We began our journey just before the setting sun, with time enough to reach our perch in preparation for the rising Harvest Moon on the opposite side of the world. It is here that the magic begins afresh. Just as the trail turns away from the edge and rises slightly before plunging into the huckleberries, shrubs, and a tentatively mixed forest, we detour a few steps onto what appears to be a well-trodden side trail flaring out. The short path is open and with a few paces it leads to a stone outcrop with a pitch pine at the edge overlooking the broad Wallkill Valley. The pine has adjusted its orientation to face back toward the prominent eastern edge of The Trapps. The earth slopes to greet this outcrop adjacent to the tree, but before abruptly plunging hundreds of feet over the sheer cliff, it offers, tucked to the left of the stone outcrop, a terraced landing sloping gently to establish a welcome but still dangerous platform for tripod, knapsack and thirsty traveler. During the pre-dawn hours this sparsely grassed plot provides a great place to witness the rising sun, although it is decidedly dangerous for early morning clumsiness (note: the imagery from the opening animation was acquired from there). Earlier in the year, when the sun rises at a more northward locale on the horizon relative to our arrival, The Trapps touchdown at a point to welcome the sun’s emergence. At the time, one often discovers a slow dispersal of fog that creeps over the majestic cliffs in the dawning light. The broad Wallkill Valley is filled with a similar fog during many a morning, but when spied from the landing, the fog appears to have a life of its own. It starts out as a thick blanketing mass, almost a giant living mass that is animated by weather patterns of its own internal generation. The large gray mass moves at first as a single presence in transition. Rapidly, it gives way to a medium of atmospherics— displaying glowing hints of the soon-to-be rising sun as it blends warm tones into its underbelly. Then, with the rising sun itself, it becomes sheer translucence in places— a whispering curtain partaking of an immanent happening. But even then, with its variable lifespan, dense, opaque flows remain dispersed within it. After more time for clearing, t becomes evident to the viewer that the remaining dense flows correspond to the course of the Wallkill River in the near distance, and the Hudson River further beyond. Meanwhile, as the sun rises, the pitch pine hanging over the cliff at the edge remains in the perfect position to greet the warm glow of the sun on its face.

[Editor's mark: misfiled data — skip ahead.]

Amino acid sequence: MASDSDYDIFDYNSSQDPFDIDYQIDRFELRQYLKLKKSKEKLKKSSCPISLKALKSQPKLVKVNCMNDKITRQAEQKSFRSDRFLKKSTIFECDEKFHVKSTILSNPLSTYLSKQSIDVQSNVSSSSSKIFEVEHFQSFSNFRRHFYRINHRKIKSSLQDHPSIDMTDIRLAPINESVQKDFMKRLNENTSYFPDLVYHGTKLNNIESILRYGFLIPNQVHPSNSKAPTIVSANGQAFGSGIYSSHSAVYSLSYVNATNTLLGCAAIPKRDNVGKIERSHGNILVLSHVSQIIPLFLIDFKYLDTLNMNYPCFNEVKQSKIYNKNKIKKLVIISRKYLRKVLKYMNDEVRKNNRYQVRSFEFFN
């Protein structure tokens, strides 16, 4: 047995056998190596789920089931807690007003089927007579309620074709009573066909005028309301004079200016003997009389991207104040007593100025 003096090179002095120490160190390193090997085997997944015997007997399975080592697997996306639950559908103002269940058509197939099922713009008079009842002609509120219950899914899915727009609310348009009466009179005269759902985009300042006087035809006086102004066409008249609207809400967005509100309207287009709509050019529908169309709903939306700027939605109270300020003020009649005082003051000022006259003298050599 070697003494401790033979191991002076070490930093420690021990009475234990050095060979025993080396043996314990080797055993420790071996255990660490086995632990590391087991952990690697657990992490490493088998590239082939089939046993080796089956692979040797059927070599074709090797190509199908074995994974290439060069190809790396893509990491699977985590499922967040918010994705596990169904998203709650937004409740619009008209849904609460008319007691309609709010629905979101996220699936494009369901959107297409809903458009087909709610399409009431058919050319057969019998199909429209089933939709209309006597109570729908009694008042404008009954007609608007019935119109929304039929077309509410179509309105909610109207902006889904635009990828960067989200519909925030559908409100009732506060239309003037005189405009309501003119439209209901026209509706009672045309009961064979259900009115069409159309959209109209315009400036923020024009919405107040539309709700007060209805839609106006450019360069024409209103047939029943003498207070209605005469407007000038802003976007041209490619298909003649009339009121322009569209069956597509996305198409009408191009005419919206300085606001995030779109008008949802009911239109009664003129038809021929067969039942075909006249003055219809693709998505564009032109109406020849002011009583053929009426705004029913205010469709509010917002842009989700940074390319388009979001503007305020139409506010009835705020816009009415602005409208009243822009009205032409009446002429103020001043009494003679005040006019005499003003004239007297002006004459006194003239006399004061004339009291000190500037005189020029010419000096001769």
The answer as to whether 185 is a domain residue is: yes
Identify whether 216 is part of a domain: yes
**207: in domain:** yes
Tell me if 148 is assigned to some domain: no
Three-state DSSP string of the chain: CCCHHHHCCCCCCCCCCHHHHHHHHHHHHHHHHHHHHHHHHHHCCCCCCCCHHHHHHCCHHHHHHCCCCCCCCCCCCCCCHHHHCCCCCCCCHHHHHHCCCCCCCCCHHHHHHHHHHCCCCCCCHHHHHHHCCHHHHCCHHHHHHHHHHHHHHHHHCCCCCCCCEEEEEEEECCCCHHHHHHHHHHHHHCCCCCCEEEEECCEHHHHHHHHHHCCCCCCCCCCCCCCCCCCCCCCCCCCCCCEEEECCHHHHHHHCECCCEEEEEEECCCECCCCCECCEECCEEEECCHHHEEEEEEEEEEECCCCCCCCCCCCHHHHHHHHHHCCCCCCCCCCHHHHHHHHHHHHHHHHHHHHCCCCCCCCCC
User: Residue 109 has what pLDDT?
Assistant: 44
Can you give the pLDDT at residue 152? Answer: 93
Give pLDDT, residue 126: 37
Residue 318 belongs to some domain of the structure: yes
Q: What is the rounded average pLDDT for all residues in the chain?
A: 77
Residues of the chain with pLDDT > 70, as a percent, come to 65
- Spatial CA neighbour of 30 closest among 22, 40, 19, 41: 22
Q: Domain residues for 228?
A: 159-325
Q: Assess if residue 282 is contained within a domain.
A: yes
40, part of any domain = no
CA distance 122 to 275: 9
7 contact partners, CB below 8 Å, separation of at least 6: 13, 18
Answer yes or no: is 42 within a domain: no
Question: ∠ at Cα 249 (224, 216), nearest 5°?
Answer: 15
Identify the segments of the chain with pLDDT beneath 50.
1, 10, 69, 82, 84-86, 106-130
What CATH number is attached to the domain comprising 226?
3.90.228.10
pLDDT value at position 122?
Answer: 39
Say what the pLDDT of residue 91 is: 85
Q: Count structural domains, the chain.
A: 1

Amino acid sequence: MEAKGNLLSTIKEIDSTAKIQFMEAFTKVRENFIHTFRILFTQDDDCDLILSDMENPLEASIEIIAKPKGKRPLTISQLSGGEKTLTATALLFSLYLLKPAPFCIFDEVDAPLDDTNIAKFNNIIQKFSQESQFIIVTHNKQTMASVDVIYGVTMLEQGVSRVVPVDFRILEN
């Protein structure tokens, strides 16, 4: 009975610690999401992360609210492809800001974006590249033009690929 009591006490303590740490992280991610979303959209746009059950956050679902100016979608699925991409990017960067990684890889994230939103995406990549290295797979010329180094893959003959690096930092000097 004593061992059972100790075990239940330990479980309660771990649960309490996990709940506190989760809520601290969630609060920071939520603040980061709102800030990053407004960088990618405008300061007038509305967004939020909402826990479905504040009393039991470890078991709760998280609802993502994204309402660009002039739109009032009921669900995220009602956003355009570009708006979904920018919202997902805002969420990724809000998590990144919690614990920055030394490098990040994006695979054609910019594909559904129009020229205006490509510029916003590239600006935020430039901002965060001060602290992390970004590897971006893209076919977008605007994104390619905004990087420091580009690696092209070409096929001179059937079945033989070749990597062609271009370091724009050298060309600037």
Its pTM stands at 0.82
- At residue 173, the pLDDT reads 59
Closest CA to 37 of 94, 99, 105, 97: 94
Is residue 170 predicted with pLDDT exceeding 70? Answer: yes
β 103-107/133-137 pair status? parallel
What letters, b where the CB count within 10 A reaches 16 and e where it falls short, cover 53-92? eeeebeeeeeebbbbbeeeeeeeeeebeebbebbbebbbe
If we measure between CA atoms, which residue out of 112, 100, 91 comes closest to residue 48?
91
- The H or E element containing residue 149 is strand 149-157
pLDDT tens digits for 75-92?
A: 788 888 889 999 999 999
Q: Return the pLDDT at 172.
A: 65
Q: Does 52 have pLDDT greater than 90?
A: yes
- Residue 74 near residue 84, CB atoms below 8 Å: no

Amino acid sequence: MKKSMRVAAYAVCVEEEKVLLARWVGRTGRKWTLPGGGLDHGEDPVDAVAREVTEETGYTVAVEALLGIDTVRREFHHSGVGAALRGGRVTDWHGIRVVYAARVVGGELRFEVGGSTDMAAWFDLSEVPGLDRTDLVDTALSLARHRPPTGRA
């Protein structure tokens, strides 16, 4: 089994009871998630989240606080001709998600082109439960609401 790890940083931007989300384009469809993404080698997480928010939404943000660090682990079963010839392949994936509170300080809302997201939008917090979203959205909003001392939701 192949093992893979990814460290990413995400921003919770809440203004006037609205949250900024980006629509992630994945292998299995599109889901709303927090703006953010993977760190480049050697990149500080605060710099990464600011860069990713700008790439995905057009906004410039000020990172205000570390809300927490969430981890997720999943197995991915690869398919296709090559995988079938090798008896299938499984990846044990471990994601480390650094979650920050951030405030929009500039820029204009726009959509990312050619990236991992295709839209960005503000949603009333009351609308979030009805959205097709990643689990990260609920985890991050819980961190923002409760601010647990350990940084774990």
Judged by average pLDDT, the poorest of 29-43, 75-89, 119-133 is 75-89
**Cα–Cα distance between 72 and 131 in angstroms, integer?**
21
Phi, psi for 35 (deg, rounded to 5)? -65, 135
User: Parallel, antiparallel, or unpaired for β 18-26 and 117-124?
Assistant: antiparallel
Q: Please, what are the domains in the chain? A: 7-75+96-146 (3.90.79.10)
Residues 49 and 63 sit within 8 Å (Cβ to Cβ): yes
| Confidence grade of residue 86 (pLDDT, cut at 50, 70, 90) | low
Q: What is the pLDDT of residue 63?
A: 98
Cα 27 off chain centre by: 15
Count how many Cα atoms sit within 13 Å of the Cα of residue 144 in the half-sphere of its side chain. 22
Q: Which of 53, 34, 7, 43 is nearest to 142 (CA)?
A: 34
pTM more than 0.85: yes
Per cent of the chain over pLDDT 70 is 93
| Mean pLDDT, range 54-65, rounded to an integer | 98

This all takes place during a different hour of magic than the one we now prepare for as we sit in the same plot at the end of the day waiting for the Harvest Moon to rise and follow the same arc. The sun has recently set behind us. And just before the salient moment, the deepening blue sky remains at a balancing point. It feels sustained in deep blue luminance— full of volume, anticipating, but not disclosing the point of emergence. Then, without advanced notice or the slightest fanfare, the yellow-orange moon begins to silently slip upward from beyond the distant Plattekill hills. The communication towers on Illinois Mountain blink responsibly but completely independent of the happening. Just to the left of the blinking towers the moon creeps upward almost secretly at first, for the sky has not had time enough to deepen into a night that is worthy of its reception. When it has emerged full and characteristically orange-yellow, it’s presence is certainly prominent next to the horizon, but still it appears initially to be just another handsome feature in a structurally handsome landscape. Shortly, however, very shortly after it establishes a slight gap from the horizon, it asserts its form as an independent glowing body. The sky deepens in response. It is only a matter of minutes, perhaps seconds, before it’s glowing and growing presence pulls the gravity of our consciousness toward it exclusively. What was just a wide arcing landscape filling almost half of the horizon only a few seconds prior, is rapidly repositioned on the side of the observer to extend our chest and shoulders, so to speak— as both the observer and the land now partake of the same attentiveness to the moon’s ever-building presence. It has transformed from a feature of the landscape to the most condensed and potent power of the landscape, as the landscape drops out into a voluminous darkness.